E-cigarettes contain artificial and other flavorings similar to those used in food and confectionery manufacture. The manufacturers often represent them to be safe. However, the US Flavor Extracts Manufacturers Association (FEMA) has pointed out, this safety relates to exposure through eating, and not inhalation. Also, the ingredients listed on the product labels for e-cigarettes rarely include the chemicals used for flavoring. The study revealed that high levels of these flavoring chemicals used in some brands of e-cigarette fluid could be respiratory irritants.
Researchers analyzed the levels and type of chemicals used to flavor e-cigarette fluid in a sample of 30 products in the US. They found that some brands of e-cigarette fluid exceed recommended exposure limits. The study authors said, "The results obtained are likely to be similar to what a broad survey would have revealed, and in any case, suggest that very high levels of some flavor chemicals are undoubtedly present in a great number of the thousands of products currently available."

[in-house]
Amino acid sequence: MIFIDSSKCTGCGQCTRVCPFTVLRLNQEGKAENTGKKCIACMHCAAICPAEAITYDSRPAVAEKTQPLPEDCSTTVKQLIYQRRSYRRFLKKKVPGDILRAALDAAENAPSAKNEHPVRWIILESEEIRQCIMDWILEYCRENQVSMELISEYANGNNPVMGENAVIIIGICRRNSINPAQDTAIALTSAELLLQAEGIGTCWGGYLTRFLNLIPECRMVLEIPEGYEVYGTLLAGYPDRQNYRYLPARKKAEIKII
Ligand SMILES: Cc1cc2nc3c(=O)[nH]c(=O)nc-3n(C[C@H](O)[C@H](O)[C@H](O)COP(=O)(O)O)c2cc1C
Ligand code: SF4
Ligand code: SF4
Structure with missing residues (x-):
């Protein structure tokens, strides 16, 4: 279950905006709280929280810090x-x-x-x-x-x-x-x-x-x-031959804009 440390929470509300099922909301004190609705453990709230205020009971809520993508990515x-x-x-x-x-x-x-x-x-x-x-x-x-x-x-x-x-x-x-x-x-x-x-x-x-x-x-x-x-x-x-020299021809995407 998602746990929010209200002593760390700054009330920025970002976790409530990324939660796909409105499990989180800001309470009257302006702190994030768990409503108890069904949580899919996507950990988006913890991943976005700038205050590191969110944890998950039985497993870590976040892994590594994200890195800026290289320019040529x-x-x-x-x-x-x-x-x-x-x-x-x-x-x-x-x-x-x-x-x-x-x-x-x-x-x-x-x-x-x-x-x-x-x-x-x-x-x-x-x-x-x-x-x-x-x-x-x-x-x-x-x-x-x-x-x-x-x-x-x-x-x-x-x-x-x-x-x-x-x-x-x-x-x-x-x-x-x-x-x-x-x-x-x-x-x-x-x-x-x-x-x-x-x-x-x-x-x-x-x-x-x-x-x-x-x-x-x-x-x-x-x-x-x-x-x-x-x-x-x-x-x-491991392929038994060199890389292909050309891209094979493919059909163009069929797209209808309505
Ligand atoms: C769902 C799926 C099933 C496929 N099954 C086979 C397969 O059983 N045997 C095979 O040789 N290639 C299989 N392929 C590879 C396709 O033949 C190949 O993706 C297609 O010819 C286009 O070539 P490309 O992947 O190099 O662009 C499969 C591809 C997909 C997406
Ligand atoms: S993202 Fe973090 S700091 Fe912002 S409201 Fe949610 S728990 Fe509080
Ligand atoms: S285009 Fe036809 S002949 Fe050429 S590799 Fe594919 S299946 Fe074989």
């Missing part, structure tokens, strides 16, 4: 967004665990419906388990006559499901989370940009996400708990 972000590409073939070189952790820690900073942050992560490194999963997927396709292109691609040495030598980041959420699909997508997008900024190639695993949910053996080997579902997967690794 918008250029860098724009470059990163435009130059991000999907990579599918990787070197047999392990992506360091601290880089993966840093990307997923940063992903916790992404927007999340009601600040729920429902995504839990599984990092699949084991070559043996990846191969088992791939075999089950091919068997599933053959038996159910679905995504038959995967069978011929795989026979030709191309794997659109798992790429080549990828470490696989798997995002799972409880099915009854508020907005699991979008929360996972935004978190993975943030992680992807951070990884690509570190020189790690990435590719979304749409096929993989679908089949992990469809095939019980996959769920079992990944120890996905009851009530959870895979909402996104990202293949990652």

The flavoring chemicals totaled more than 1% by volume in 13 of the 30 liquids analyzed, levels greater than 2% by weight in seven liquids, and levels greater than 3% by weight in two products. And many of the 'tobacco' flavored fluids contained chemicals used to flavor confectionery. The researchers said, "Six of the 24 compounds revealed in the analyses were aldehydes, compounds recognized to be primary respiratory irritants. Using a consumption rate of around five ml/day, as commonly reported on online vaping forums, vapers would be exposed to twice the recommended occupational exposure limits of benzaldehyde and vanillin with the products tested."
The findings appear online in Tobacco Control